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Graham Wainer: Italian election could put brakes on European recovery

by Graham Wainer on Feb 22, 2013 at 13:32

Graham Wainer: Italian election could put brakes on European recovery

The upcoming Italian general election is increasingly looking like a two horse race as Silvio Berlusconi has staged a quite amazing comeback.

Quite apart from the fact that he was forced out of office amid a storm of criminal accusations barely 14 months ago, investors are worried that his anti-austerity, tax cutting stance could have profound implications, not just for Italy but for the euro area as a whole.

A little over a year ago, a grand bargain was struck by the main European leaders and Italy to install a government of unelected professionals in order to introduce the difficult reforms so necessary in the country.

Following the stench of scandal surrounding Silvio Berlusconi, the new prime minister, Mario Monti, was greeted as a breath of fresh air.

The yields on long dated Italian bonds duly started falling and it’s fair to say that, along with the European Central Bank’s long term refinancing operations, this was the start of the fight back against the financial forces that were threatening to tear the euro area apart.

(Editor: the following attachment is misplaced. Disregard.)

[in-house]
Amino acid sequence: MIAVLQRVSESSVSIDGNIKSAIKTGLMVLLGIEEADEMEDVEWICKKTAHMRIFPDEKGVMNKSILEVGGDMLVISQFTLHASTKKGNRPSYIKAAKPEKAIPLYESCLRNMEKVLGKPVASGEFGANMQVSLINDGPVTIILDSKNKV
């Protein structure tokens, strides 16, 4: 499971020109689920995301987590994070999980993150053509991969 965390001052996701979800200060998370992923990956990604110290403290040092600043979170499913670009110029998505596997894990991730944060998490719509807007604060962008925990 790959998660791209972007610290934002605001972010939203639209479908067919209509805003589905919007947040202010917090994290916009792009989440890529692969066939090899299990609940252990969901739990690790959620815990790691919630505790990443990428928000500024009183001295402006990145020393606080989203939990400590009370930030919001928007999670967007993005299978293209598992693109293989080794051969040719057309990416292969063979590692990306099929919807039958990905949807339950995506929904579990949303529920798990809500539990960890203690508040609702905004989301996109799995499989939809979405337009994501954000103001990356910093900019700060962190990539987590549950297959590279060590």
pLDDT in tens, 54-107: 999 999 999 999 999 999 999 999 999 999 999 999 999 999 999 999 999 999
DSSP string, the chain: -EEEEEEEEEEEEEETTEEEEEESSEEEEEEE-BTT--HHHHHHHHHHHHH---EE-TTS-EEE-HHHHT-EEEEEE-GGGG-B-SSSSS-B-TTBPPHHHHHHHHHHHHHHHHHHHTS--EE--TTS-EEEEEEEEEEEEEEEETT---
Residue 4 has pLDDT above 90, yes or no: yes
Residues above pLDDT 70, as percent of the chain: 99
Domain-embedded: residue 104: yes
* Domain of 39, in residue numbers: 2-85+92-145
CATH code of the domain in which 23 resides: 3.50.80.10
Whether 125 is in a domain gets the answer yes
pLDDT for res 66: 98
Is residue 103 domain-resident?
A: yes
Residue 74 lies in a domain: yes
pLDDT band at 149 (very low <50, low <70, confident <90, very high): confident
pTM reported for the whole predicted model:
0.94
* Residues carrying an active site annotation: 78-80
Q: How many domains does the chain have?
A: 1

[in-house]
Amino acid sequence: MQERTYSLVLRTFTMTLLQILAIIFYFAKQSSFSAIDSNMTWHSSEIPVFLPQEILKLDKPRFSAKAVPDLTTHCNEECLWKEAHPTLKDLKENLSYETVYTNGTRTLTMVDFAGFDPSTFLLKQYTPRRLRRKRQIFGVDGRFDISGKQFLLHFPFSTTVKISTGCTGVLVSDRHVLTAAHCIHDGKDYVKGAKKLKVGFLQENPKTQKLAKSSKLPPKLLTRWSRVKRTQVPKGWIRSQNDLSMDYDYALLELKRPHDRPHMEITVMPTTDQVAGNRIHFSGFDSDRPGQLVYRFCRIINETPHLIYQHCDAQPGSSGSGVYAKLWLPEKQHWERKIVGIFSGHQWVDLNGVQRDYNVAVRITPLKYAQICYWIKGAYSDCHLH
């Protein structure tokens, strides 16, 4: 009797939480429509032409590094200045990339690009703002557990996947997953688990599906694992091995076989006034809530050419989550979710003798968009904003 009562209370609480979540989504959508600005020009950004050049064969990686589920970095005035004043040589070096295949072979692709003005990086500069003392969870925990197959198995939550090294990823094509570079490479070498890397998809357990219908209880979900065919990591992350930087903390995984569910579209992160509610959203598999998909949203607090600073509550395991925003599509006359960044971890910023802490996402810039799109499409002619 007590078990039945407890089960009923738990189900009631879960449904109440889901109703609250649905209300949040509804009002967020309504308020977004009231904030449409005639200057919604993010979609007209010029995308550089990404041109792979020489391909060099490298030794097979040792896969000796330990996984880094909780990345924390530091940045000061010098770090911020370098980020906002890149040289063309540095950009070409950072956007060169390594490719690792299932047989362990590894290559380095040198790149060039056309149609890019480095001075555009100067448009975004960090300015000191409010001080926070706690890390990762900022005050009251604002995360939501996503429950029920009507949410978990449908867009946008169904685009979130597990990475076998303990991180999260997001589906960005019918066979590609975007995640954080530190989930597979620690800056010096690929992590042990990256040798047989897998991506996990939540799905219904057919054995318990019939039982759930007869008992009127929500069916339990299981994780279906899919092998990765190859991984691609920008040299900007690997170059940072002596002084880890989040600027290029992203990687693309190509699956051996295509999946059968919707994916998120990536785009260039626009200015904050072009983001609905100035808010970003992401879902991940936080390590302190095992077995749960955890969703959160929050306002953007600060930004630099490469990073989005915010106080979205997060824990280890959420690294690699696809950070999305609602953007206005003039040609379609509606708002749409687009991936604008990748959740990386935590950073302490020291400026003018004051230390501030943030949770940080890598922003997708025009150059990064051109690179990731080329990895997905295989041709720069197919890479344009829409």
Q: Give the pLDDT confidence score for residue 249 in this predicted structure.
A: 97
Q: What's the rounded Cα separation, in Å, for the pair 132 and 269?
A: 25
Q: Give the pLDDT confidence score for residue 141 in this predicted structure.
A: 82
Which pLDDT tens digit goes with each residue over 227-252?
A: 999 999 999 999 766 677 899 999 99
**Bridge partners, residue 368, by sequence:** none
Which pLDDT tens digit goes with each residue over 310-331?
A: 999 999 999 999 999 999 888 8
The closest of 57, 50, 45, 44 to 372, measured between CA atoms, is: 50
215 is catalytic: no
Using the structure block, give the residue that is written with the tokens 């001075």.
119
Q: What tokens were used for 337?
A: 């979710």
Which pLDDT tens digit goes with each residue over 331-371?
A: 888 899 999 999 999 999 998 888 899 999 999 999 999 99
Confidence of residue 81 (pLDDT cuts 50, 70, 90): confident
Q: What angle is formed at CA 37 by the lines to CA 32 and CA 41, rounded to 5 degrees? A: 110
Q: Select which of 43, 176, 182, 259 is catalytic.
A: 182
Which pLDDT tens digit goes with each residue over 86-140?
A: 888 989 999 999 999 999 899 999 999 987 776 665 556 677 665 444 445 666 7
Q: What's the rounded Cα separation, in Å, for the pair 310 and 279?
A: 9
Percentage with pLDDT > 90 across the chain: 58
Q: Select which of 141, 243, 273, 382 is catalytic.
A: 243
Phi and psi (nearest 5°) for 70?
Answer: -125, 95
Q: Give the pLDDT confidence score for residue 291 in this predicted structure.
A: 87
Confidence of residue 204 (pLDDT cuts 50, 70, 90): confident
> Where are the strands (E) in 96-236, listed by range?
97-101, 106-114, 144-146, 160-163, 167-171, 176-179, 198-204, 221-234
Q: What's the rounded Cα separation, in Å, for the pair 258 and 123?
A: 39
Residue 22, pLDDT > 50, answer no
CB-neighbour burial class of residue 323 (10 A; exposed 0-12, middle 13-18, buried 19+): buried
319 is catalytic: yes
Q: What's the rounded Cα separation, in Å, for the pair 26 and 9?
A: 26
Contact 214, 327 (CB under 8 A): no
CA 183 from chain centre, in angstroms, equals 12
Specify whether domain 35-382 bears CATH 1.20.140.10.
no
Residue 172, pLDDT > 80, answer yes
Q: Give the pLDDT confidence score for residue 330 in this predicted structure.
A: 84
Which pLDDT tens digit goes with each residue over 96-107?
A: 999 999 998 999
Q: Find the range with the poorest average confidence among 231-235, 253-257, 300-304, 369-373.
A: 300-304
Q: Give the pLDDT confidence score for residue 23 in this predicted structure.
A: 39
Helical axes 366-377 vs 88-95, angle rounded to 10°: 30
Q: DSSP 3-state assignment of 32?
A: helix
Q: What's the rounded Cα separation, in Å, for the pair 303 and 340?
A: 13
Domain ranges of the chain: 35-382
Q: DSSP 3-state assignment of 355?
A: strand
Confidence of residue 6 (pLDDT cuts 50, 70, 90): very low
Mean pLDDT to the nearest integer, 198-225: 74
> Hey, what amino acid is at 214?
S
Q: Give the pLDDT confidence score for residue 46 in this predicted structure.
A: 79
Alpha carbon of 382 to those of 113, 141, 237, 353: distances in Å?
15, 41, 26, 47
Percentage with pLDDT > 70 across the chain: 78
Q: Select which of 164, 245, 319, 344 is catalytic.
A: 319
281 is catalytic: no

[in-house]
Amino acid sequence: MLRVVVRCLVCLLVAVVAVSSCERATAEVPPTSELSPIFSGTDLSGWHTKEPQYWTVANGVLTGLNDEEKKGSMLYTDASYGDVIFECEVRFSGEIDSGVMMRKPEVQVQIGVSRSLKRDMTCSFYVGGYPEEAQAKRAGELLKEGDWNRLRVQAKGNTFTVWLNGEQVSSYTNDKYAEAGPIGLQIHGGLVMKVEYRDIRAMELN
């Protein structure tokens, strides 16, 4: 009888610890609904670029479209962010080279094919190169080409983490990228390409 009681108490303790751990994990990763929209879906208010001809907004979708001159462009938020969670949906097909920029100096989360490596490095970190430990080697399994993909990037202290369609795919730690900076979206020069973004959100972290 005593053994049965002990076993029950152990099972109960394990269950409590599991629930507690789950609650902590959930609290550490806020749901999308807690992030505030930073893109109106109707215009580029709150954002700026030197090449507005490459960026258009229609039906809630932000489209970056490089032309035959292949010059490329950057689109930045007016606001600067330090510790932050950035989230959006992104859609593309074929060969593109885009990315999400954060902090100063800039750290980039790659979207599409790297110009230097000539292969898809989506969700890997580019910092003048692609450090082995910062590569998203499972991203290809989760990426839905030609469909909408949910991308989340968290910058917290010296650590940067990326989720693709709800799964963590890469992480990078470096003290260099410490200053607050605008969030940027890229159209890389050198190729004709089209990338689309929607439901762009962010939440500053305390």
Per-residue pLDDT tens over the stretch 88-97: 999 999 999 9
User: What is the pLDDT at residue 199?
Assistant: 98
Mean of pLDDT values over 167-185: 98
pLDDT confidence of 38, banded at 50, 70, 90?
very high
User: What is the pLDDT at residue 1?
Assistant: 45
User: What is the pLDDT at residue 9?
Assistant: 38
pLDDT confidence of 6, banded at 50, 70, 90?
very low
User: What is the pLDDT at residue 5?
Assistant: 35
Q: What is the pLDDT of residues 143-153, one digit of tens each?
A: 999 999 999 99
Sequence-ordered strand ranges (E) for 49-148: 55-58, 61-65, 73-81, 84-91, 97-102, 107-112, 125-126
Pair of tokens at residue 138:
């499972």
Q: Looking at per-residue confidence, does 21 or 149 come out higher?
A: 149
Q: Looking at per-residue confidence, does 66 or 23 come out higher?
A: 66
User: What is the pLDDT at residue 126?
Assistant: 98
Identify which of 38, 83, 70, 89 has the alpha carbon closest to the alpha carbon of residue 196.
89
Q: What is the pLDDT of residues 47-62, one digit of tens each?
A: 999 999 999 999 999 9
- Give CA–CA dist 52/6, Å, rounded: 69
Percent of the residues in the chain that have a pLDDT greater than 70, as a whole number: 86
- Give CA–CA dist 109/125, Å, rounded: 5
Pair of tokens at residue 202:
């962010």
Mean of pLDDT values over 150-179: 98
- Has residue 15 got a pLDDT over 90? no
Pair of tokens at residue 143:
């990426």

Crucially, it gave the governments of other weak European economies extra confidence to press ahead with their own reforms in the face of fierce opposition.

For sure, Monti’s reforms at home were deeply unpopular, particularly the relaxing of labour laws and the imposition of a punitive property tax.

But with a debt-to-GDP ratio second only to Greece and the broad political consensus in favour of austerity, he was given the benefit of the doubt.

Deep recession

The thing with reforms is that the pain is felt now while the benefits are in a hazy and politically unsellable place called the future. Mario Monti inherited an economy heading into recession with an unemployment rate of 8.8% and a debt to GDP ratio of 120.1%.

He goes into the election at a time when the economy is deep in recession with an unemployment rate of 11.2% and, most troublingly, a debt to GDP ratio of 126.1%.

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